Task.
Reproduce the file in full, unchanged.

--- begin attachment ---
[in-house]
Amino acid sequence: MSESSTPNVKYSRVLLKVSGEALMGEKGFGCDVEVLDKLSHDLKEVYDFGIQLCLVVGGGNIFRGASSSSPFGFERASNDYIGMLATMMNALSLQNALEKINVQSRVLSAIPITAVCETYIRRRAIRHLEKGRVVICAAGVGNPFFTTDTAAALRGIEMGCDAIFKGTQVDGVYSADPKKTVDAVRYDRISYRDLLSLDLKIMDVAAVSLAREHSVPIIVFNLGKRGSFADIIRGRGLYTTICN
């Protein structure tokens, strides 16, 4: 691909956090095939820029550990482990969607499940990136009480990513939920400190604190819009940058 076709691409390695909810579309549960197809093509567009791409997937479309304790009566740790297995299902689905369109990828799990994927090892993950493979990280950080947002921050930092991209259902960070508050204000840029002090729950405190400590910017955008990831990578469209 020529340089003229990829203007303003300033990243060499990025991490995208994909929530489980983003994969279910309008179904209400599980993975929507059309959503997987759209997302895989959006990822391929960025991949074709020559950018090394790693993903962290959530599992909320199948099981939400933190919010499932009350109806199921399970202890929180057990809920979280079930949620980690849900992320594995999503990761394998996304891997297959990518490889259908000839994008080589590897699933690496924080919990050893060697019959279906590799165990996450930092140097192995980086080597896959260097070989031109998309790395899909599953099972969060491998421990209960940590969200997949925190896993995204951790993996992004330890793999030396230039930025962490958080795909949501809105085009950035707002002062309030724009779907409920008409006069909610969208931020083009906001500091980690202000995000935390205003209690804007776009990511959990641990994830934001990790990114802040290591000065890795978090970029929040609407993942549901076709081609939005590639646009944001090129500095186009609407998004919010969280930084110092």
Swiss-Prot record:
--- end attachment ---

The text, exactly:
[in-house]
Amino acid sequence: MSESSTPNVKYSRVLLKVSGEALMGEKGFGCDVEVLDKLSHDLKEVYDFGIQLCLVVGGGNIFRGASSSSPFGFERASNDYIGMLATMMNALSLQNALEKINVQSRVLSAIPITAVCETYIRRRAIRHLEKGRVVICAAGVGNPFFTTDTAAALRGIEMGCDAIFKGTQVDGVYSADPKKTVDAVRYDRISYRDLLSLDLKIMDVAAVSLAREHSVPIIVFNLGKRGSFADIIRGRGLYTTICN
């Protein structure tokens, strides 16, 4: 691909956090095939820029550990482990969607499940990136009480990513939920400190604190819009940058 076709691409390695909810579309549960197809093509567009791409997937479309304790009566740790297995299902689905369109990828799990994927090892993950493979990280950080947002921050930092991209259902960070508050204000840029002090729950405190400590910017955008990831990578469209 020529340089003229990829203007303003300033990243060499990025991490995208994909929530489980983003994969279910309008179904209400599980993975929507059309959503997987759209997302895989959006990822391929960025991949074709020559950018090394790693993903962290959530599992909320199948099981939400933190919010499932009350109806199921399970202890929180057990809920979280079930949620980690849900992320594995999503990761394998996304891997297959990518490889259908000839994008080589590897699933690496924080919990050893060697019959279906590799165990996450930092140097192995980086080597896959260097070989031109998309790395899909599953099972969060491998421990209960940590969200997949925190896993995204951790993996992004330890793999030396230039930025962490958080795909949501809105085009950035707002002062309030724009779907409920008409006069909610969208931020083009906001500091980690202000995000935390205003209690804007776009990511959990641990994830934001990790990114802040290591000065890795978090970029929040609407993942549901076709081609939005590639646009944001090129500095186009609407998004919010969280930084110092």
Swiss-Prot record: